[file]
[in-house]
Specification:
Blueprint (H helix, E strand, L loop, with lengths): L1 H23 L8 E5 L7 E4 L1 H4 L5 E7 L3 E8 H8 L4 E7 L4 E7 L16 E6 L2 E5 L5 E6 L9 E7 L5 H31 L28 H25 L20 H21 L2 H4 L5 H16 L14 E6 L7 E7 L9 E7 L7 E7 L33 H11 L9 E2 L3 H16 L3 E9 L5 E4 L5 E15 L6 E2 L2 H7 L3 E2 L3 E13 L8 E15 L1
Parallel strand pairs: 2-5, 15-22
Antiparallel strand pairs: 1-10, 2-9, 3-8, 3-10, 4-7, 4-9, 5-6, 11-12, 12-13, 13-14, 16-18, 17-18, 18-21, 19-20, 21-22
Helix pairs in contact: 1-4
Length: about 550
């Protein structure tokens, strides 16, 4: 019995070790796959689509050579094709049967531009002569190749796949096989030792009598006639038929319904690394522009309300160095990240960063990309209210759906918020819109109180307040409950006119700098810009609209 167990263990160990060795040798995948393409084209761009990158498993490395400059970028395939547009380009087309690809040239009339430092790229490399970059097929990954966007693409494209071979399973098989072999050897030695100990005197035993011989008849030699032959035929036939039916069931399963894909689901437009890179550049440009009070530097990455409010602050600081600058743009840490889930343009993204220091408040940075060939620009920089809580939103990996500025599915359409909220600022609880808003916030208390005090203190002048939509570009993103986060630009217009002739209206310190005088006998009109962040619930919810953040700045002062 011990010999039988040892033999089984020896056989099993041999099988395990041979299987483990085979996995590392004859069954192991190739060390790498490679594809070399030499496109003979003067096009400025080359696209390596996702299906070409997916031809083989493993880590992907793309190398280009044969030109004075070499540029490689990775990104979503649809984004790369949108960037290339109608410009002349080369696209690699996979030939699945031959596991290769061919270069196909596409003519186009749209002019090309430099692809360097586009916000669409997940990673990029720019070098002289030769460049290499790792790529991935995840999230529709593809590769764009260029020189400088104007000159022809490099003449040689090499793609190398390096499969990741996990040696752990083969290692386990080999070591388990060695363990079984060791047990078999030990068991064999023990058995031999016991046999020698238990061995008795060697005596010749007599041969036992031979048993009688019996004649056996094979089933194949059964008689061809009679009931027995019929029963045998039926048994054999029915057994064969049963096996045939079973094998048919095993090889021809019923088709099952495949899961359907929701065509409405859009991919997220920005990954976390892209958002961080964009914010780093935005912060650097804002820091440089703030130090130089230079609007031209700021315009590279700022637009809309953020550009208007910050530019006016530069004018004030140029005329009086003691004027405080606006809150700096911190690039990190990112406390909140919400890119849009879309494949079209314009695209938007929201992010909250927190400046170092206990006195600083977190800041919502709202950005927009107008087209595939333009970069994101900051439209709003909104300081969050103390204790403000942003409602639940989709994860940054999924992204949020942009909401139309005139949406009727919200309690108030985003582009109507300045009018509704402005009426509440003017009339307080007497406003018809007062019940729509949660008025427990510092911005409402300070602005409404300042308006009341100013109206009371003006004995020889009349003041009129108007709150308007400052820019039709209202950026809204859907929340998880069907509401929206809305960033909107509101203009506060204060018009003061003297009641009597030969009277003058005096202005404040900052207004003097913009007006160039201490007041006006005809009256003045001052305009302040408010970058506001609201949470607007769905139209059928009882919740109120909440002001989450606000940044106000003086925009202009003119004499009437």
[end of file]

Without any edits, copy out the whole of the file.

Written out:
[in-house]
Specification:
Blueprint (H helix, E strand, L loop, with lengths): L1 H23 L8 E5 L7 E4 L1 H4 L5 E7 L3 E8 H8 L4 E7 L4 E7 L16 E6 L2 E5 L5 E6 L9 E7 L5 H31 L28 H25 L20 H21 L2 H4 L5 H16 L14 E6 L7 E7 L9 E7 L7 E7 L33 H11 L9 E2 L3 H16 L3 E9 L5 E4 L5 E15 L6 E2 L2 H7 L3 E2 L3 E13 L8 E15 L1
Parallel strand pairs: 2-5, 15-22
Antiparallel strand pairs: 1-10, 2-9, 3-8, 3-10, 4-7, 4-9, 5-6, 11-12, 12-13, 13-14, 16-18, 17-18, 18-21, 19-20, 21-22
Helix pairs in contact: 1-4
Length: about 550
């Protein structure tokens, strides 16, 4: 019995070790796959689509050579094709049967531009002569190749796949096989030792009598006639038929319904690394522009309300160095990240960063990309209210759906918020819109109180307040409950006119700098810009609209 167990263990160990060795040798995948393409084209761009990158498993490395400059970028395939547009380009087309690809040239009339430092790229490399970059097929990954966007693409494209071979399973098989072999050897030695100990005197035993011989008849030699032959035929036939039916069931399963894909689901437009890179550049440009009070530097990455409010602050600081600058743009840490889930343009993204220091408040940075060939620009920089809580939103990996500025599915359409909220600022609880808003916030208390005090203190002048939509570009993103986060630009217009002739209206310190005088006998009109962040619930919810953040700045002062 011990010999039988040892033999089984020896056989099993041999099988395990041979299987483990085979996995590392004859069954192991190739060390790498490679594809070399030499496109003979003067096009400025080359696209390596996702299906070409997916031809083989493993880590992907793309190398280009044969030109004075070499540029490689990775990104979503649809984004790369949108960037290339109608410009002349080369696209690699996979030939699945031959596991290769061919270069196909596409003519186009749209002019090309430099692809360097586009916000669409997940990673990029720019070098002289030769460049290499790792790529991935995840999230529709593809590769764009260029020189400088104007000159022809490099003449040689090499793609190398390096499969990741996990040696752990083969290692386990080999070591388990060695363990079984060791047990078999030990068991064999023990058995031999016991046999020698238990061995008795060697005596010749007599041969036992031979048993009688019996004649056996094979089933194949059964008689061809009679009931027995019929029963045998039926048994054999029915057994064969049963096996045939079973094998048919095993090889021809019923088709099952495949899961359907929701065509409405859009991919997220920005990954976390892209958002961080964009914010780093935005912060650097804002820091440089703030130090130089230079609007031209700021315009590279700022637009809309953020550009208007910050530019006016530069004018004030140029005329009086003691004027405080606006809150700096911190690039990190990112406390909140919400890119849009879309494949079209314009695209938007929201992010909250927190400046170092206990006195600083977190800041919502709202950005927009107008087209595939333009970069994101900051439209709003909104300081969050103390204790403000942003409602639940989709994860940054999924992204949020942009909401139309005139949406009727919200309690108030985003582009109507300045009018509704402005009426509440003017009339307080007497406003018809007062019940729509949660008025427990510092911005409402300070602005409404300042308006009341100013109206009371003006004995020889009349003041009129108007709150308007400052820019039709209202950026809204859907929340998880069907509401929206809305960033909107509101203009506060204060018009003061003297009641009597030969009277003058005096202005404040900052207004003097913009007006160039201490007041006006005809009256003045001052305009302040408010970058506001609201949470607007769905139209059928009882919740109120909440002001989450606000940044106000003086925009202009003119004499009437």